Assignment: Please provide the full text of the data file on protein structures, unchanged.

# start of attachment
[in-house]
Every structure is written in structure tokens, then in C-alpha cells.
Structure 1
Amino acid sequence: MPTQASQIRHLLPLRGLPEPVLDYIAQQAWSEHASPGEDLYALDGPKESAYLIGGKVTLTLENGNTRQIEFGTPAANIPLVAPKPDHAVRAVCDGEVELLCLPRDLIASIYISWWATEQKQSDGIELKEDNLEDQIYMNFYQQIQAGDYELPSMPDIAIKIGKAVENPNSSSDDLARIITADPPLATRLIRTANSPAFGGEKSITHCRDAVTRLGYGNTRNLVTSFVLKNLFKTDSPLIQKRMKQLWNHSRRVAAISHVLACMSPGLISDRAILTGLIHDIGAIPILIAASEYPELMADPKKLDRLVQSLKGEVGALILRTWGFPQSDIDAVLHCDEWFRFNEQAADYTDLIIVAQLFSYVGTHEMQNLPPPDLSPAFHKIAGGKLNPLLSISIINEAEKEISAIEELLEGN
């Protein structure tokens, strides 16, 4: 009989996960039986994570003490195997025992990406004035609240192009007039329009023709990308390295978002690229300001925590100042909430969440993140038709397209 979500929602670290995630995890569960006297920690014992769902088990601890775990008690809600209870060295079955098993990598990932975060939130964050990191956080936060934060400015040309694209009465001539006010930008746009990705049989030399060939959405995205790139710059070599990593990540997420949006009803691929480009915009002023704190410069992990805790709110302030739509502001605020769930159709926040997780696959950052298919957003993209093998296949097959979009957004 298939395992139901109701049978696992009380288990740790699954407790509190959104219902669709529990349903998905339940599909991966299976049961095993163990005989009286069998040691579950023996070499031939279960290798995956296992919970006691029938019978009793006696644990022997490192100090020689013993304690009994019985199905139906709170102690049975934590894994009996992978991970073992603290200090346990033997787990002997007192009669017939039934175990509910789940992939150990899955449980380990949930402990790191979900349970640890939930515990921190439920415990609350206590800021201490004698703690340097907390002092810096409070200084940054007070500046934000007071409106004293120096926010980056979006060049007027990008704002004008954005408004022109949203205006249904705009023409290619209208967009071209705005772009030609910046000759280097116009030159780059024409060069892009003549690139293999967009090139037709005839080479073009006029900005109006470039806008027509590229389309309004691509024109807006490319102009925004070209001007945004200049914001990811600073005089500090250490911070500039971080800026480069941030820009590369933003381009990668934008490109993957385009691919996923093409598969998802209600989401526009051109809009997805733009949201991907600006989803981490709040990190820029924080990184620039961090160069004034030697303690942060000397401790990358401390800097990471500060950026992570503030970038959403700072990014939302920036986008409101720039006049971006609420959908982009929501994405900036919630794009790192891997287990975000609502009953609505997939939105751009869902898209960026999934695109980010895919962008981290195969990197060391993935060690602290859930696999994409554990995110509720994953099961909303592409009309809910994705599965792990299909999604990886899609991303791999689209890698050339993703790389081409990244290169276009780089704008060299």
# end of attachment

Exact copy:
[in-house]
Every structure is written in structure tokens, then in C-alpha cells.
Structure 1
Amino acid sequence: MPTQASQIRHLLPLRGLPEPVLDYIAQQAWSEHASPGEDLYALDGPKESAYLIGGKVTLTLENGNTRQIEFGTPAANIPLVAPKPDHAVRAVCDGEVELLCLPRDLIASIYISWWATEQKQSDGIELKEDNLEDQIYMNFYQQIQAGDYELPSMPDIAIKIGKAVENPNSSSDDLARIITADPPLATRLIRTANSPAFGGEKSITHCRDAVTRLGYGNTRNLVTSFVLKNLFKTDSPLIQKRMKQLWNHSRRVAAISHVLACMSPGLISDRAILTGLIHDIGAIPILIAASEYPELMADPKKLDRLVQSLKGEVGALILRTWGFPQSDIDAVLHCDEWFRFNEQAADYTDLIIVAQLFSYVGTHEMQNLPPPDLSPAFHKIAGGKLNPLLSISIINEAEKEISAIEELLEGN
């Protein structure tokens, strides 16, 4: 009989996960039986994570003490195997025992990406004035609240192009007039329009023709990308390295978002690229300001925590100042909430969440993140038709397209 979500929602670290995630995890569960006297920690014992769902088990601890775990008690809600209870060295079955098993990598990932975060939130964050990191956080936060934060400015040309694209009465001539006010930008746009990705049989030399060939959405995205790139710059070599990593990540997420949006009803691929480009915009002023704190410069992990805790709110302030739509502001605020769930159709926040997780696959950052298919957003993209093998296949097959979009957004 298939395992139901109701049978696992009380288990740790699954407790509190959104219902669709529990349903998905339940599909991966299976049961095993163990005989009286069998040691579950023996070499031939279960290798995956296992919970006691029938019978009793006696644990022997490192100090020689013993304690009994019985199905139906709170102690049975934590894994009996992978991970073992603290200090346990033997787990002997007192009669017939039934175990509910789940992939150990899955449980380990949930402990790191979900349970640890939930515990921190439920415990609350206590800021201490004698703690340097907390002092810096409070200084940054007070500046934000007071409106004293120096926010980056979006060049007027990008704002004008954005408004022109949203205006249904705009023409290619209208967009071209705005772009030609910046000759280097116009030159780059024409060069892009003549690139293999967009090139037709005839080479073009006029900005109006470039806008027509590229389309309004691509024109807006490319102009925004070209001007945004200049914001990811600073005089500090250490911070500039971080800026480069941030820009590369933003381009990668934008490109993957385009691919996923093409598969998802209600989401526009051109809009997805733009949201991907600006989803981490709040990190820029924080990184620039961090160069004034030697303690942060000397401790990358401390800097990471500060950026992570503030970038959403700072990014939302920036986008409101720039006049971006609420959908982009929501994405900036919630794009790192891997287990975000609502009953609505997939939105751009869902898209960026999934695109980010895919962008981290195969990197060391993935060690602290859930696999994409554990995110509720994953099961909303592409009309809910994705599965792990299909999604990886899609991303791999689209890698050339993703790389081409990244290169276009780089704008060299």